• Large ceramic storage jars (pithoi), some packed with Cypriot pottery (oil lamps, jugs, bowls) made for export, others with fruits and other foodstuffs including olive oil, almonds, pine nuts, figs, grapes, pomegranates, olives and spices like coriander, nigella and safflower.
  • One large gold chalice weighing 236 grams.
  • A small gold scarab inscribed with the name of Nefertiti, queen consort of Pharaoh Ahkenaten. This is the only gold scarab of Nefertiti ever discovered.

The cargo recovered from Uluburun is part of the permanent collection of the Bodrum Museum of Underwater Archaeology where it is displayed in a reconstruction of the wreck. The assemblage is a unique and invaluable source of information about Late Bronze Age trade, industry, economics and technology, even how hulls of merchant ships were packed for their long voyages. Analyses of the Uluburun materials continue to this day.

One of the questions researchers have long sought to answer is the source of the tin. Tin is scarce in the Mediterranean, and you can’t make bronze without it, so how were these giant Bronze Age empires and kingdoms supplying the high demand for so scarce a material? Up until recently, metallurgical analysis has not been able to pinpoint the source of Bronze Age tin. Thanks to decades of data collection on the composition of tin ore from different locations around the world, scientists were able to use isotope analysis to narrow down the origin of the Uluburun ingots: one third of it came from the Mušiston mine in Uzbekistan, two thirds from the Kestel mine in ancient Anatolia. Kestel was under the control of the Hittite Empire in the Late Bronze Age, a powerful centralized state that could afford and arrange major mining and transport operations. Uzbeki shepherds had no such resources.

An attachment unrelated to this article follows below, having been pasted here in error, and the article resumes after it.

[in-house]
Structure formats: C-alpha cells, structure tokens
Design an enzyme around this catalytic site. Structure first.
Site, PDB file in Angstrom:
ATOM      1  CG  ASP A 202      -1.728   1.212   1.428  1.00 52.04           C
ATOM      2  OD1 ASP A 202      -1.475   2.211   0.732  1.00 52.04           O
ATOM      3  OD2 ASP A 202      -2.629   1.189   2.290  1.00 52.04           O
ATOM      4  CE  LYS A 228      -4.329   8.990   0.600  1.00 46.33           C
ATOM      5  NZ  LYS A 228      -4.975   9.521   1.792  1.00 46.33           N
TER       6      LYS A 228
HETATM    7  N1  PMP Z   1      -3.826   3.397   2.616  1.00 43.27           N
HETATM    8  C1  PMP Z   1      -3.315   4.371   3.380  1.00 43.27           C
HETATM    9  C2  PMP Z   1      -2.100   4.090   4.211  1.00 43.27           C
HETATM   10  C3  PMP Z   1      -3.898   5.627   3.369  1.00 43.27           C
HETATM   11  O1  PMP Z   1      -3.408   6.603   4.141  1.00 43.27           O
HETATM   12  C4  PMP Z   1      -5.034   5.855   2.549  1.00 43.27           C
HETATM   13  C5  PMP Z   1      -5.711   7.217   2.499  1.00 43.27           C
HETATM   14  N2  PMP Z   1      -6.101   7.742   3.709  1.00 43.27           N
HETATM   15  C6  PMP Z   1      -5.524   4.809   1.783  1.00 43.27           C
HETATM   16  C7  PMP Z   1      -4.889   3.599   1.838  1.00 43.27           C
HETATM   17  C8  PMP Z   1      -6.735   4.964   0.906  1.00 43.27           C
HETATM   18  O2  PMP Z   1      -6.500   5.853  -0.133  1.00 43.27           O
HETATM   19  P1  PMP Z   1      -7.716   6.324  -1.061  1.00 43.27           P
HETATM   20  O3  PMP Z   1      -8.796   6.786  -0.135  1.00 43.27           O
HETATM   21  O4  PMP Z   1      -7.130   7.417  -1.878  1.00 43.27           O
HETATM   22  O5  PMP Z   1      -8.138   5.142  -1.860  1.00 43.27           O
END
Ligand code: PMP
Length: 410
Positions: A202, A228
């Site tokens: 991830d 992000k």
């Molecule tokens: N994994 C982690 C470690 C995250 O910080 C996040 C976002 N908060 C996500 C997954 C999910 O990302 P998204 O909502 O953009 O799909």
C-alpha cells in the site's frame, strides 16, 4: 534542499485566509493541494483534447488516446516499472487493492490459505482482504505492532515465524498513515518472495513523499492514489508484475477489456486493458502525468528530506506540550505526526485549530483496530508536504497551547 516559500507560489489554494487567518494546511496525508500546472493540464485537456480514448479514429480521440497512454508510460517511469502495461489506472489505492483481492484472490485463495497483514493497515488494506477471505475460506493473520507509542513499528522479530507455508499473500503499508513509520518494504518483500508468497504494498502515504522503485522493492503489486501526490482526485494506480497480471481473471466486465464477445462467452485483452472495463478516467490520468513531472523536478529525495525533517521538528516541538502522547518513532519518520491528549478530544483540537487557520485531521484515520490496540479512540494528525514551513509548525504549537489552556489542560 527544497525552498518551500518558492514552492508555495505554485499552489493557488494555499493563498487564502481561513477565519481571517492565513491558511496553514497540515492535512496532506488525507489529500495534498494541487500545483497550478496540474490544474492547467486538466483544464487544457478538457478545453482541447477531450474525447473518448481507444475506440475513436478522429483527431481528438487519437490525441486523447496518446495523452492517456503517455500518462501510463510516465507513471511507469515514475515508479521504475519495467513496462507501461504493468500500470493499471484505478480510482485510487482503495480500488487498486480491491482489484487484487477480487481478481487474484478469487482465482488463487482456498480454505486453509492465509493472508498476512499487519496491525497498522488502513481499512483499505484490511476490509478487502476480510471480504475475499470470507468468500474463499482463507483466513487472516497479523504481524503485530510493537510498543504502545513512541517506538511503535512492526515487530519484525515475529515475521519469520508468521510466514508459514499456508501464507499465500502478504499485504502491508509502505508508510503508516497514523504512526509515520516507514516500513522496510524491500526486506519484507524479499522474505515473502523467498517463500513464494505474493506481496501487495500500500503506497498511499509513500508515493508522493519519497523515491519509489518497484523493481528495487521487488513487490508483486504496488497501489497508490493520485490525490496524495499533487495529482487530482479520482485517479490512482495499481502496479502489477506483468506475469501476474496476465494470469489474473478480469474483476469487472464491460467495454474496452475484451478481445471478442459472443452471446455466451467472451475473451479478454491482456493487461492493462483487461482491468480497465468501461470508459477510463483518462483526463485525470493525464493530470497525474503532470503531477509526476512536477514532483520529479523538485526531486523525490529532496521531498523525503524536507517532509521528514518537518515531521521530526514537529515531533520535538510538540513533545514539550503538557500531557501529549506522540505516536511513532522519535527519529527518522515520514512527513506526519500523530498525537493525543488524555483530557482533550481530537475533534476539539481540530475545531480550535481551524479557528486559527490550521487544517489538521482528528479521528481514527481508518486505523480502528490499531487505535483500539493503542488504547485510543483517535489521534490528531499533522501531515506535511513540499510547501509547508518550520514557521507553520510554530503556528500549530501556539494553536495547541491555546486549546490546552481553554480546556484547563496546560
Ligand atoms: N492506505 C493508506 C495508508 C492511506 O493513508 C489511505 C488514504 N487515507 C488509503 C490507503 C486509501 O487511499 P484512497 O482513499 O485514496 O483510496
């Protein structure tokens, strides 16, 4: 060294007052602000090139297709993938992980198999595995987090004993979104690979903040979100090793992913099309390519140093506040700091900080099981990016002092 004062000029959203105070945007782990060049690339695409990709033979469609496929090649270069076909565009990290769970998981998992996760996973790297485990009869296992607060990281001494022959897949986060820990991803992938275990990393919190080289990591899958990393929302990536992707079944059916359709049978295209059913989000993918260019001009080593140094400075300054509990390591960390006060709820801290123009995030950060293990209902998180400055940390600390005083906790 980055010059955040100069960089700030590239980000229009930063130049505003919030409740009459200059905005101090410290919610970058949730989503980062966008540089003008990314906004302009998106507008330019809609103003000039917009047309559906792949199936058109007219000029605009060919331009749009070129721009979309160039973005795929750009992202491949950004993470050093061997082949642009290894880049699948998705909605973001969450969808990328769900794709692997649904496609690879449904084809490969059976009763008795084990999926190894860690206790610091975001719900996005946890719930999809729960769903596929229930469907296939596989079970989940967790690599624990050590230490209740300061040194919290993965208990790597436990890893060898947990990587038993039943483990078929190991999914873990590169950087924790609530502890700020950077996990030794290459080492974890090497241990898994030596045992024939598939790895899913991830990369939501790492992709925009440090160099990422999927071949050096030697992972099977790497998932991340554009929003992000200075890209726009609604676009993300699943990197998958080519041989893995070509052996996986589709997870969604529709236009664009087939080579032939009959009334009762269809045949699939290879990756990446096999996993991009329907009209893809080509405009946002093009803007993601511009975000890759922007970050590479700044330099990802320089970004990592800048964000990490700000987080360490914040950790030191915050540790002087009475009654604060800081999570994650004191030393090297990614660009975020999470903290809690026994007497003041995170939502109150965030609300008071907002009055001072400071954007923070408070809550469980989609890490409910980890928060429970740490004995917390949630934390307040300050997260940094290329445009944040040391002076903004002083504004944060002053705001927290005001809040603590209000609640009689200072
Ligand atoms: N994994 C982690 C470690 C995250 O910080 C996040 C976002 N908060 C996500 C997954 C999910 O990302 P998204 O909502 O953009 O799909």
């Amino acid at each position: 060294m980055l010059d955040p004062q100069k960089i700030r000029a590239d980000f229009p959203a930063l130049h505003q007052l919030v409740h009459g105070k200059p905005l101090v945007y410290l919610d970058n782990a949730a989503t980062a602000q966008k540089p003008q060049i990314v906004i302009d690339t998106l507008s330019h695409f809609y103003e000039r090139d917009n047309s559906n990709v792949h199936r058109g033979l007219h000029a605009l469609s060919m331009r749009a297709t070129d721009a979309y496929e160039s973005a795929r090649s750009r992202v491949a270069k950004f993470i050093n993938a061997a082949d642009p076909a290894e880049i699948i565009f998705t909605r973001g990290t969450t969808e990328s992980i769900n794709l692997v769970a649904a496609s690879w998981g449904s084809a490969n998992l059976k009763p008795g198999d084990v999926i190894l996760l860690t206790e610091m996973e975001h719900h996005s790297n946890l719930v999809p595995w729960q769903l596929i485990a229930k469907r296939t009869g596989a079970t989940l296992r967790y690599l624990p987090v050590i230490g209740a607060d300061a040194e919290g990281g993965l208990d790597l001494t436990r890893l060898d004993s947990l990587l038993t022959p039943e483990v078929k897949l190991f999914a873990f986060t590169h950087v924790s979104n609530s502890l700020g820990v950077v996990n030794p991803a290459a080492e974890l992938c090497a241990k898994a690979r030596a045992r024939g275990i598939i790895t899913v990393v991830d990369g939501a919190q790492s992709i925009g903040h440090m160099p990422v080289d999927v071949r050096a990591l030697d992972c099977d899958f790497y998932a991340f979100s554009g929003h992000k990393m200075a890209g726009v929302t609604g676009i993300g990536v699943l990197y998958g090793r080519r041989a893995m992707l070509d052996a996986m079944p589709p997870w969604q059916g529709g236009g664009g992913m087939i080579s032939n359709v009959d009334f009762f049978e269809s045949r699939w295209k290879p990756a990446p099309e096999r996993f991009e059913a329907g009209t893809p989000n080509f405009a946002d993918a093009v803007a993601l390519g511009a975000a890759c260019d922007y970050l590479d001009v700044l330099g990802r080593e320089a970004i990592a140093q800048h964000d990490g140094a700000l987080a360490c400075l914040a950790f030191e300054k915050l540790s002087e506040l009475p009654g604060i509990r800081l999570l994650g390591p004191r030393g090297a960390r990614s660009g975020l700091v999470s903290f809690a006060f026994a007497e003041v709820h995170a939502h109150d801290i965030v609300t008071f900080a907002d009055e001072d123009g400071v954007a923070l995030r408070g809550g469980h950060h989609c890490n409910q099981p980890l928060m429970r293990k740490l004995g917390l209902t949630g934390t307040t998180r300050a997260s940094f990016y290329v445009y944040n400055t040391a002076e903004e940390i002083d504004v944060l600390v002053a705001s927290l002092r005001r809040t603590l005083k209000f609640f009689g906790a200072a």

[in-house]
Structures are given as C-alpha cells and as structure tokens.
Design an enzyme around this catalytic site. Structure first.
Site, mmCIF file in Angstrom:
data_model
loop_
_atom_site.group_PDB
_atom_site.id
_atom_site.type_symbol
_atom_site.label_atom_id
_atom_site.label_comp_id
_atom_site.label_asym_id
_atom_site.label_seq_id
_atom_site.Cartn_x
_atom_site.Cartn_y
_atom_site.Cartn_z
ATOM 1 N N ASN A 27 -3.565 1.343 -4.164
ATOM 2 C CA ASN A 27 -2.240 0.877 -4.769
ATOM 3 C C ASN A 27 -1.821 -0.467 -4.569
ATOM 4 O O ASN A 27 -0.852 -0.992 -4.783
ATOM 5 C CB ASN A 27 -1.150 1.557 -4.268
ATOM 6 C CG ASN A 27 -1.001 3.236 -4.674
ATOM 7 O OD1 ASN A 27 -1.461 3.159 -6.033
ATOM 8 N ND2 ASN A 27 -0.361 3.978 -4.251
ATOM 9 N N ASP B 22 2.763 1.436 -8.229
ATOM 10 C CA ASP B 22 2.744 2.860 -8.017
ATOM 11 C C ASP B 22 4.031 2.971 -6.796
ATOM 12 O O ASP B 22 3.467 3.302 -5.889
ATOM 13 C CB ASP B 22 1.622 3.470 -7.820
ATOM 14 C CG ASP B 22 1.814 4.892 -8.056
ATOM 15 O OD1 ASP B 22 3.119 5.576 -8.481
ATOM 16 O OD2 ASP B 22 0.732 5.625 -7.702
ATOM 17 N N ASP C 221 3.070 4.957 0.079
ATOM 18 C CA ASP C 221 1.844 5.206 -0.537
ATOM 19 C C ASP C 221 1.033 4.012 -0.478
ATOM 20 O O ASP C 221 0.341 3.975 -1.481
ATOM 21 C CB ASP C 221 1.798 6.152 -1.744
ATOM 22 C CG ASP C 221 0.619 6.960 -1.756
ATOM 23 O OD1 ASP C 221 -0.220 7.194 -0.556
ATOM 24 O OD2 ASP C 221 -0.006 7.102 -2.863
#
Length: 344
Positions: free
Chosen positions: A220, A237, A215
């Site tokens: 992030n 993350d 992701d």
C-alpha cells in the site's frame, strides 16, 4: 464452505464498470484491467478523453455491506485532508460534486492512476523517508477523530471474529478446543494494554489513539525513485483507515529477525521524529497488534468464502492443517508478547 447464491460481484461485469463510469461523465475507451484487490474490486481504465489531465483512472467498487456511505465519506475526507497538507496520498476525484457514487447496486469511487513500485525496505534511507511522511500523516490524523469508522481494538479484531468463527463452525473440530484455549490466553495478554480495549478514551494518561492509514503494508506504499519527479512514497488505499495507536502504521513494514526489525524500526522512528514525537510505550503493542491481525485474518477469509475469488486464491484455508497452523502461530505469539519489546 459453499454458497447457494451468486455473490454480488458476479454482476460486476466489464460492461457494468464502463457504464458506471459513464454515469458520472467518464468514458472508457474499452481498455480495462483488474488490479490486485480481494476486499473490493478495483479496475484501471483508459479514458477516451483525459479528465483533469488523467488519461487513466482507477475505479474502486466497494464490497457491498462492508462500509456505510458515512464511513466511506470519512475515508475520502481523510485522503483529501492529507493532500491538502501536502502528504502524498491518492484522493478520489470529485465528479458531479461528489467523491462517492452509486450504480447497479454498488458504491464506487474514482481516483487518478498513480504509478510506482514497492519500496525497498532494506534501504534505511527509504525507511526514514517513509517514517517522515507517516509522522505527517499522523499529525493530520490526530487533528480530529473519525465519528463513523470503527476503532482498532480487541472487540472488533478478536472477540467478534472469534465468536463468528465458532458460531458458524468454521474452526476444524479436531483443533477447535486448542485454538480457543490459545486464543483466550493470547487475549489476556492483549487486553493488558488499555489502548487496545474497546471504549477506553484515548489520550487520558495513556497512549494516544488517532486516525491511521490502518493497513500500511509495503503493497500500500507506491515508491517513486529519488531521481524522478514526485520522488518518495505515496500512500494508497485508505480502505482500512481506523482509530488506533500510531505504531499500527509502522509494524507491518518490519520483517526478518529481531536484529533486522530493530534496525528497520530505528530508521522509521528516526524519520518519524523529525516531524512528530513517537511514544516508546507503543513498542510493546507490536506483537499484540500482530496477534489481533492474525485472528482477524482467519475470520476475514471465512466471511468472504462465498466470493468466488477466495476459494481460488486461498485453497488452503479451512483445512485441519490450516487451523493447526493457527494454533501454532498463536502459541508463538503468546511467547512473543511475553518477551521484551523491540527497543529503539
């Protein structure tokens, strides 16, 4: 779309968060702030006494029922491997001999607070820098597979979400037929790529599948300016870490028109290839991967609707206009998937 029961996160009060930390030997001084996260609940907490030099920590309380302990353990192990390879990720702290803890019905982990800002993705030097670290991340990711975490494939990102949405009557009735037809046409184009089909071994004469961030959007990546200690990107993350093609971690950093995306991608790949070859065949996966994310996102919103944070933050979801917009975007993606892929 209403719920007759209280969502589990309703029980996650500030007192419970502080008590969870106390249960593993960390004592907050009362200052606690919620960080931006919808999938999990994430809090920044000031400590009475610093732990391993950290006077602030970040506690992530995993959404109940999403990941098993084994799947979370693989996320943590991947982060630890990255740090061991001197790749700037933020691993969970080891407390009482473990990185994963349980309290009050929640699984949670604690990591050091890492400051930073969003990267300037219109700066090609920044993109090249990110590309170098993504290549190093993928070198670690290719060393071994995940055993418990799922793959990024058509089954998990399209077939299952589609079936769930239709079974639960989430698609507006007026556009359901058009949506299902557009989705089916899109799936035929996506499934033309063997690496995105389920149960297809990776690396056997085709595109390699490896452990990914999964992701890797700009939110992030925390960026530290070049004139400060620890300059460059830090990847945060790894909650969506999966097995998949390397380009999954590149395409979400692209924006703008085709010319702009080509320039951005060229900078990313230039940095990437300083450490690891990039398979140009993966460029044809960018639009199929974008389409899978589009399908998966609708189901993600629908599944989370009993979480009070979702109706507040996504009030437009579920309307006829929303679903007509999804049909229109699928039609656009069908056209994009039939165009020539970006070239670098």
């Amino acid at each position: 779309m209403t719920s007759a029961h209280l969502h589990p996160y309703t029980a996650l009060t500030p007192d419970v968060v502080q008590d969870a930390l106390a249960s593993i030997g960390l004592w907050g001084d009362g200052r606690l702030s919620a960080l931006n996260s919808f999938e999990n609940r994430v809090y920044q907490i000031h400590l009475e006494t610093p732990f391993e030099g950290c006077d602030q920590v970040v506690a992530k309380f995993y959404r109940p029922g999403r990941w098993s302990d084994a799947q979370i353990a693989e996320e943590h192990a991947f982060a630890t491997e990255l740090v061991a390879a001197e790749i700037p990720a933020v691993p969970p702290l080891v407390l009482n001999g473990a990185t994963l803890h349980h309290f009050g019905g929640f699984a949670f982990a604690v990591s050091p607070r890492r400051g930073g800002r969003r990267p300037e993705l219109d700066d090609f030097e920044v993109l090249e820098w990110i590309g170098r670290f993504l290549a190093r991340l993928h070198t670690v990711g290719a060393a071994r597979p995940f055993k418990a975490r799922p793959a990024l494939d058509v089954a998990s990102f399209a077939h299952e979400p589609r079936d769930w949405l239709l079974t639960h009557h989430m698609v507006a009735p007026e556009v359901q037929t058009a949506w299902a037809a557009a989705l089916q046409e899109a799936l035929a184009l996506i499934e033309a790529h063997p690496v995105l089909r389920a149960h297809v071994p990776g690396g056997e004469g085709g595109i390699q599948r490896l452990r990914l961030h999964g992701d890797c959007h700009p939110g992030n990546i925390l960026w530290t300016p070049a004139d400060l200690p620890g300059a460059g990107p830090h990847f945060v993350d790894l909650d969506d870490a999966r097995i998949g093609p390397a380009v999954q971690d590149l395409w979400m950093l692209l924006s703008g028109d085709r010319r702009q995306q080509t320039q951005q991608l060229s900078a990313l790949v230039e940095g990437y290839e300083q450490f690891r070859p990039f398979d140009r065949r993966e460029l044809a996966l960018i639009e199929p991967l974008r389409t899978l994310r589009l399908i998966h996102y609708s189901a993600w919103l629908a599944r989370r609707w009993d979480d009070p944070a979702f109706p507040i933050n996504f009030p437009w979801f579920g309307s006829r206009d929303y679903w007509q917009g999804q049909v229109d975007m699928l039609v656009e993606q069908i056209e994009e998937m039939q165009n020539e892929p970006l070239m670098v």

[The research team’s] findings unveiled a shockingly complex supply chain that involved multiple steps to get the tin from the small mining community to the Mediterranean marketplace.

“It appears these local miners had access to vast international networks and—through overland trade and other forms of connectivity—were able to pass this all-important commodity all the way to the Mediterranean,” [Michael Frachetti, professor of archaeology in Arts & Sciences at Washington University in St. Louis] said.

“It’s quite amazing to learn that a culturally diverse, multiregional and multivector system of trade underpinned Eurasian tin exchange during the Late Bronze Age.”

Adding to the mystique is the fact that the mining industry appears to have been run by small-scale local communities or free laborers who negotiated this marketplace outside of the control of kings, emperors or other political organizations, Frachetti said.

“To put it into perspective, this would be the trade equivalent of the entire United States sourcing its energy needs from small backyard oil rigs in central Kansas,” he said.

The study has been published in the journal Science Advances and can be read in its entirety here.